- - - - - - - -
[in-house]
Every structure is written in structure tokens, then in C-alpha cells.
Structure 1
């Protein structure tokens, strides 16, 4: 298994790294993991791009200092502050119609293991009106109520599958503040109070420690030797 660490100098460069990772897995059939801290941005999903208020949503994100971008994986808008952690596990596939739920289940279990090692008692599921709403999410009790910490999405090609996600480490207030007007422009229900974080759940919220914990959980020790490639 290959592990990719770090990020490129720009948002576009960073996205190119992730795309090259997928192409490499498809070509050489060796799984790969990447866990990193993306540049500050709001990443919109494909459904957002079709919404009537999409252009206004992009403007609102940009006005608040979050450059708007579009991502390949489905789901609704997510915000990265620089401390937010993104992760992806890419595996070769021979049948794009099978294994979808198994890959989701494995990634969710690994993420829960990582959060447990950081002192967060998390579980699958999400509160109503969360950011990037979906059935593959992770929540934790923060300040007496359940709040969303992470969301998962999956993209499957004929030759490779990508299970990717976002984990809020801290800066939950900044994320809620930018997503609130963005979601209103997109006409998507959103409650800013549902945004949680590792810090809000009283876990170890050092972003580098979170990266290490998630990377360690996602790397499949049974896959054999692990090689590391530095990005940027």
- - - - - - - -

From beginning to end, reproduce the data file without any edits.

[in-house]
Every structure is written in structure tokens, then in C-alpha cells.
Structure 1
């Protein structure tokens, strides 16, 4: 298994790294993991791009200092502050119609293991009106109520599958503040109070420690030797 660490100098460069990772897995059939801290941005999903208020949503994100971008994986808008952690596990596939739920289940279990090692008692599921709403999410009790910490999405090609996600480490207030007007422009229900974080759940919220914990959980020790490639 290959592990990719770090990020490129720009948002576009960073996205190119992730795309090259997928192409490499498809070509050489060796799984790969990447866990990193993306540049500050709001990443919109494909459904957002079709919404009537999409252009206004992009403007609102940009006005608040979050450059708007579009991502390949489905789901609704997510915000990265620089401390937010993104992760992806890419595996070769021979049948794009099978294994979808198994890959989701494995990634969710690994993420829960990582959060447990950081002192967060998390579980699958999400509160109503969360950011990037979906059935593959992770929540934790923060300040007496359940709040969303992470969301998962999956993209499957004929030759490779990508299970990717976002984990809020801290800066939950900044994320809620930018997503609130963005979601209103997109006409998507959103409650800013549902945004949680590792810090809000009283876990170890050092972003580098979170990266290490998630990377360690996602790397499949049974896959054999692990090689590391530095990005940027």